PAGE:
for the HerpeSelect ELISA, which is the prevailing test (and the
one I took) up to 50% of positive results might be false. In
fact, results whose values were close to the threshold value had
a 90% chance of being false positives!

The threshold value was 1.1 and my result was 1.18, so that gave
a lot of hope.

There’s two ways to know for sure (at least, with much greater
accuracy): testing a sore (which I didn’t have) and a Western
Blot blood test, which is only administered by a research lab at
the University of Washington. It’s expensive, and insurance
doesn’t cover it.
“Don’t Talk About It”: The state of Herpes in America.

Let’s take a moment to reflect on what we’ve learned about this
backwards state of affairs. A giant fraction (1/5 to 4/5) of the
population has a relatively benign but highly stigmatized virus,
the CDC doesn’t recommend testing for it, and the leading test
is up to 50% inaccurate. Rather than do the hard work of
breaking down stigma, our country’s response is “just don’t talk
about it.”

For most people who have it, HSV-2 doesn’t cause terrible
perpetual sores. It doesn’t cause cancer or have any common long-
term health consequences. Serious complications are extremely
rare. The stigma is much, much, MUCH worse than the condition.

Several times during this period, I was with a group of friends
who were casually joking about Herpes. Each time, I looked
around the room to note there were more than five people. “One
of you has it!” I thought, and you just don’t know it.

A state of confusion
So did I have Herpes? Or did I have a 1/10 chance of having it,
even lower it than the general population? I couldn’t wrap my
head around these numbers or their implications for my life.

I had a greater sense of comfort about everything after reading
forums. Many reported that disclosing their status had actually
made them closer with their partners, enhancing trust and
intimacy. I learned ways to talk about the condition — for
example, “I am a carrier for the HSV-2 virus which can cause
genital herpes.” Also, a prophylactic medication like
valacyclovir is generally quite safe and reduces (although
doesn’t eliminate) risk of transmission to partners.

I received a follow-up consultation from stdtestexpress.com:
Operator: Thank you for getting tested through our service. I am
confirming that you saw that you have been diagnosed with HSV-2,
or genital herpes. It is very important that you disclose this
to future sexual partners as a way to avoid spreading the
disease.

Me: Cool, okay, thank you. I have a few questions. I saw in a
study online that the ELISA test has a high false positive rate,
isn’t it possible that this is a false positive?

Operator: Sir, you have Herpes, the test has confirmed this.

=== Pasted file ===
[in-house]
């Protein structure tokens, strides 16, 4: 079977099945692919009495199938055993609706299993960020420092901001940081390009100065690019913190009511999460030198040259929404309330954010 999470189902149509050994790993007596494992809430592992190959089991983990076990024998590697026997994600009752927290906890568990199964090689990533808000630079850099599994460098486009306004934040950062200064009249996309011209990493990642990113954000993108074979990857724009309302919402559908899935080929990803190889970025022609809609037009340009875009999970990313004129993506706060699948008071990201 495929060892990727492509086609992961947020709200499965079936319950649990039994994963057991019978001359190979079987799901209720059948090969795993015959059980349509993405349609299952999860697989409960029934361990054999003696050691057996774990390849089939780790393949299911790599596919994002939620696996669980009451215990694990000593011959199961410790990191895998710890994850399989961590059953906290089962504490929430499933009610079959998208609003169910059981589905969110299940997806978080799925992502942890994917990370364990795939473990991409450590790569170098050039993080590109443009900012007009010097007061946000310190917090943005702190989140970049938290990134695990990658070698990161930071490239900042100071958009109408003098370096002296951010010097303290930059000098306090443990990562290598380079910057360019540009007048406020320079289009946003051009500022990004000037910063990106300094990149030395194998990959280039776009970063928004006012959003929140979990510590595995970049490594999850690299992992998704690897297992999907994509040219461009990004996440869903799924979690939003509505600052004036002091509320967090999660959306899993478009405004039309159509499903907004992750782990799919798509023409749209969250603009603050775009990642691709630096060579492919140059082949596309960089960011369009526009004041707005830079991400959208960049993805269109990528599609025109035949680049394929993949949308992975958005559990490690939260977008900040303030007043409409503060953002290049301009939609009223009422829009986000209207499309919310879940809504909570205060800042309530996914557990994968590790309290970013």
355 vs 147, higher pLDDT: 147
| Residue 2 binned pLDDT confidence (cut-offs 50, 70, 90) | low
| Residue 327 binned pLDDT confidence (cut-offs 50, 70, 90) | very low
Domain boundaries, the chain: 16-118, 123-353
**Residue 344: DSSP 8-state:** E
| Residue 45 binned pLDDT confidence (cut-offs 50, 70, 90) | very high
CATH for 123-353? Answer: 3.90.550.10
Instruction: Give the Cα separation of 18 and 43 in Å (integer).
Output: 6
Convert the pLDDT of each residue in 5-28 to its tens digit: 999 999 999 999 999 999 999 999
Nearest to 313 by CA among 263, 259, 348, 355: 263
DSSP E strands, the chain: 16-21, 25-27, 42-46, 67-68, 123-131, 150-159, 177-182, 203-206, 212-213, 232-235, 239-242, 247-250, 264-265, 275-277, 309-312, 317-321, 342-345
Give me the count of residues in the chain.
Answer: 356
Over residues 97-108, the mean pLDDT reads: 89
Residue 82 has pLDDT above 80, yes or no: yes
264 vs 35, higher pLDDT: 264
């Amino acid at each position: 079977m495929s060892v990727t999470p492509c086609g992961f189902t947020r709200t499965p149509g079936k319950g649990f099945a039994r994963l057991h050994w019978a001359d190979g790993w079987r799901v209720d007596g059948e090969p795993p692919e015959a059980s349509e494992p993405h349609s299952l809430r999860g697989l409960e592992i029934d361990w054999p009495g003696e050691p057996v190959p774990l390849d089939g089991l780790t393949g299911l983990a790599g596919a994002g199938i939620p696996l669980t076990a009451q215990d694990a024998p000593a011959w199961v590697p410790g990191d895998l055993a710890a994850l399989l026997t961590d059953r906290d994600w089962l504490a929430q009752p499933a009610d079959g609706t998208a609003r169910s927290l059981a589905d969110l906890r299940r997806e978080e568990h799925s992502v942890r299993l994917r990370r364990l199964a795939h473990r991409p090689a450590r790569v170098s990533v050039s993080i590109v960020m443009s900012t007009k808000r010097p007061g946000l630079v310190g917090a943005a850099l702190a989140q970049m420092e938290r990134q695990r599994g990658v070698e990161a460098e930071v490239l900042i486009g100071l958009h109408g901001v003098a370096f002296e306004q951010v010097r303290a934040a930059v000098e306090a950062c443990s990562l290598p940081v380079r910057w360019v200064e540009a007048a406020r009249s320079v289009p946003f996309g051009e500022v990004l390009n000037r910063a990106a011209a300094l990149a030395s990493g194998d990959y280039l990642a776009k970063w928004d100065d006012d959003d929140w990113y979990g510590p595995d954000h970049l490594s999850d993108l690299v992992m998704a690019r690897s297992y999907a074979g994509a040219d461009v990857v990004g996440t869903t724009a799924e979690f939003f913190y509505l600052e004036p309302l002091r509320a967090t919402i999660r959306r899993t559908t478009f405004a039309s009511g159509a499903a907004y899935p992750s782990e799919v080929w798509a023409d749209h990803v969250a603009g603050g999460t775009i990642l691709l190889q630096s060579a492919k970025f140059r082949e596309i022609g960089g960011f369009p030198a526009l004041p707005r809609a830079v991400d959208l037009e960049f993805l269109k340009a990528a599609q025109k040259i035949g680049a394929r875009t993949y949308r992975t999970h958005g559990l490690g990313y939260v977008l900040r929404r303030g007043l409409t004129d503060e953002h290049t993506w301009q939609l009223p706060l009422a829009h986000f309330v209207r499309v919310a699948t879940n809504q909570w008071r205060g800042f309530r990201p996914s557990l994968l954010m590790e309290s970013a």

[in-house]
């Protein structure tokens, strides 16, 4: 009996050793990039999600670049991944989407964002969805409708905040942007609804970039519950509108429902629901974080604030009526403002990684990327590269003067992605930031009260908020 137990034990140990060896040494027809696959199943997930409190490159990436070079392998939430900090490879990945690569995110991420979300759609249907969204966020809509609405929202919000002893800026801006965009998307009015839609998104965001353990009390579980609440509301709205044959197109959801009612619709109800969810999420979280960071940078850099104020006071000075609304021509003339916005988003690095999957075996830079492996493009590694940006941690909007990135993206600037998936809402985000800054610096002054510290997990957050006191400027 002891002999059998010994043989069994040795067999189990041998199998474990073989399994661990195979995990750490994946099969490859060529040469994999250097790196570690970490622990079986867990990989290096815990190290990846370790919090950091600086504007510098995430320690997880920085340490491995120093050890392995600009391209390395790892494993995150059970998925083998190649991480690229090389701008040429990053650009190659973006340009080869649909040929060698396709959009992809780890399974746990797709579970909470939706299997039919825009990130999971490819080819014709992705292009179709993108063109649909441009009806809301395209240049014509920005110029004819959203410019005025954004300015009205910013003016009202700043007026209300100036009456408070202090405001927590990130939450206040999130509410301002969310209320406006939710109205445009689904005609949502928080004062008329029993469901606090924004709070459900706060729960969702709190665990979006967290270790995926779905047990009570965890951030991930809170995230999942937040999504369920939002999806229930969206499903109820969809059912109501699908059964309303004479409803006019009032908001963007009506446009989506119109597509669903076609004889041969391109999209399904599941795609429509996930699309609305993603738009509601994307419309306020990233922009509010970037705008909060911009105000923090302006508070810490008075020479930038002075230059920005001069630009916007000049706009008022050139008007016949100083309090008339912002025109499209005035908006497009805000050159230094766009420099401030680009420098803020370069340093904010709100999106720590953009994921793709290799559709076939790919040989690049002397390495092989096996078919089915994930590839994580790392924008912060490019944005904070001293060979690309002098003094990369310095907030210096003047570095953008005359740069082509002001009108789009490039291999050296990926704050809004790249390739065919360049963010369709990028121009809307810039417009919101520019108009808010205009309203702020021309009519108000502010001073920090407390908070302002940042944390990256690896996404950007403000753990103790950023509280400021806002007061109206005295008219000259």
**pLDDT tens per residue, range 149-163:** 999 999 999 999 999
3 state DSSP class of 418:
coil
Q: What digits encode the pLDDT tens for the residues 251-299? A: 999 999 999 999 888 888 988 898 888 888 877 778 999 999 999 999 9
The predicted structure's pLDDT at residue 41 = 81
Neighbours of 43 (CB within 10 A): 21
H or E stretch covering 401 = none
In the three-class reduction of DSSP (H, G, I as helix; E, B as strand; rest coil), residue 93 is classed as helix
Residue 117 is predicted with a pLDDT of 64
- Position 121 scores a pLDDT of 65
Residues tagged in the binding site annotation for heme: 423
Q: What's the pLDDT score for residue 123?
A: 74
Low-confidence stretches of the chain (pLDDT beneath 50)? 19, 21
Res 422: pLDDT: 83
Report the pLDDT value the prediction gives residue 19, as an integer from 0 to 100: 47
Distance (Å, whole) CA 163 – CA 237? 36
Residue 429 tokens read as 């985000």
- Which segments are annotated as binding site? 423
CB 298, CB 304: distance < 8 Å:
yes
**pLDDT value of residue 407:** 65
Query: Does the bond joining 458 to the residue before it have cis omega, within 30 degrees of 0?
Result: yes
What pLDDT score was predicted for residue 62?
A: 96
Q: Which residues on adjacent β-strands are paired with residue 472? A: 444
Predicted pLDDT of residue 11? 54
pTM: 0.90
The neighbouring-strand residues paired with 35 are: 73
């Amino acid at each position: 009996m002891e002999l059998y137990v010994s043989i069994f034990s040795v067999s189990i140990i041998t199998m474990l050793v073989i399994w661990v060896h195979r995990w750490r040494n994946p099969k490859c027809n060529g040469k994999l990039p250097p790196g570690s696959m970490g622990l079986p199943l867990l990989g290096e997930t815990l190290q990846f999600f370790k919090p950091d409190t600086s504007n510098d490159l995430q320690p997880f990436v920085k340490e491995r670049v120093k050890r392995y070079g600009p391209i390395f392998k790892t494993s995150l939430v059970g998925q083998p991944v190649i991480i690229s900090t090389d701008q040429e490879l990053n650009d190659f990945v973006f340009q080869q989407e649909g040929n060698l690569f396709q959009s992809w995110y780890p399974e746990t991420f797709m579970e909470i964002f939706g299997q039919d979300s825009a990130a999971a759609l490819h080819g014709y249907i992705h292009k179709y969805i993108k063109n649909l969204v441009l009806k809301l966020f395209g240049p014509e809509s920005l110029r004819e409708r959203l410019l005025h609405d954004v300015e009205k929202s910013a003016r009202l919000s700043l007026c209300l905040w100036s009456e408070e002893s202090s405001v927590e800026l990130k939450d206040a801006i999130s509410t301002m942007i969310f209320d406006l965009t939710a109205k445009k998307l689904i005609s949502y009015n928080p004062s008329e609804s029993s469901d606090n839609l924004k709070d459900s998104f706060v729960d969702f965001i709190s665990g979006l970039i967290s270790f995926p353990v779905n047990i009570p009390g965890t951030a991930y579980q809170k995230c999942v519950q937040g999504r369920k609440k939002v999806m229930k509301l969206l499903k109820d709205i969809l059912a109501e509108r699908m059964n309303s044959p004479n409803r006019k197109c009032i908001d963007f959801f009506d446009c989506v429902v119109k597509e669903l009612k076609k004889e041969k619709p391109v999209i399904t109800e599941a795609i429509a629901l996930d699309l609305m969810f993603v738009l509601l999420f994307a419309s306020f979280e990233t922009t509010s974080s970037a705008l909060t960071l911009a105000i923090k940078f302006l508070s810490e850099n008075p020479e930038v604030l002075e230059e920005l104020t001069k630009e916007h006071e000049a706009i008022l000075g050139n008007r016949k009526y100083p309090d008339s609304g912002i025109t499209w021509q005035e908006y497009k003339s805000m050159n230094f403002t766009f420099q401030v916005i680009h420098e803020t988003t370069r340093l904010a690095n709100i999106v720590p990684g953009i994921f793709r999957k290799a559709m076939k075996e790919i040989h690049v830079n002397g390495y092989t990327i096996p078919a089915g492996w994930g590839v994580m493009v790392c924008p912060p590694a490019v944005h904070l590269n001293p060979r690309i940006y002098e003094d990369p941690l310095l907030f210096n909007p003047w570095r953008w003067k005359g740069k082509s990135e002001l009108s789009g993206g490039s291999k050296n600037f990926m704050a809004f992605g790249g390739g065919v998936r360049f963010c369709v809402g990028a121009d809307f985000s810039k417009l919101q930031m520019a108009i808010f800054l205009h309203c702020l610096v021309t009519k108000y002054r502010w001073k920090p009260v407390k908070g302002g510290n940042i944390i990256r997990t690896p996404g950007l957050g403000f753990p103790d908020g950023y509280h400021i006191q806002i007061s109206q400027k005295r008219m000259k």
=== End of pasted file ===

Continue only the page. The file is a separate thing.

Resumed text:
Me: Gotcha. Alright. So, do you know how likely it is to
transmit based on various sexual acts? Like genital touching,
oral sex, vaginal, anal?

Operator: Sir, it sounds like you’re making excuses for not
wanting to disclose. It is very important to not enter into
denial and disclose to all sexual partners.

I hung up the phone, again dismayed at the state of medical care
in our country.
Further testing

I saw Dr. Paul Abramson, an incredibly knowledgeable doctor (who
contributed to this article) in San Francisco. We discussed the
two options I had: pretend this never happened, which he agreed
was justifiable given the FUD around the situation, or take the
Western Blot test and know for sure. Why should I take the test,
I asked myself, when nobody else was testing? When there was
nothing about my situation that indicated I was more likely to
have it than the average person?

After speaking with a few friends about it, I decided that I
wasn’t ever going to fully let go of this diagnosis until I took
the test, so I chose the side of awareness. It took several
months and multiple reminders to the University of Washington to
get the test, and another month and a half for me to finally get
up the nerve to come into the office and get my blood drawn.

A week later, I received an email from Dr. Abramson through a
confidential portal. I snoozed the email twice. One day, when I
felt emotionally capable of handling the results, I opened the
email.

I didn’t have HSV-2.

I was sitting on an airplane which was waiting to take off and
breathed a sigh of relief from a burden, the extent of which I
didn’t realize I had been carrying.

Let’s Talk About This
I was free of the weight, and yet during that time period, I
experienced what it was like to be a carrier of this over-
stigmatized and poorly understood condition. Sex is core to our
self-worth and the way we connect and love. To stigmatize a
condition and then ignore it leaves people in a state of anxiety
and fear.

I don’t plan on getting tested again for HSV-2 unless I have
sores. I know many doctors recommend fiercely against it, and I
now understand why. It’s unfortunate that we are incentivized
against knowing the truth because of stigma. And it’s telling
that I am not comfortable publishing this openly, even when I
have been tested negative, because the stigma is so strong.
(Thank you Zarinah for being open and bold in all aspects of
your life!)

We need to talk about this. It’s unacceptable to throw awareness
under the rug, if it leaves an unlucky few to bear the
consequences of our ignorance.

Herpes isn’t that big of a deal. A lot of us have it. Most of us
don’t know. Spread the word!

You spread your ass and now you're fucked.

https://medium.com/@like_antennas_to_heaven/i-thought-i-had-
herpes-for-seven-months-the-overstigmatized-public-health-
clusterfuck-that-is-eb5c9da7926b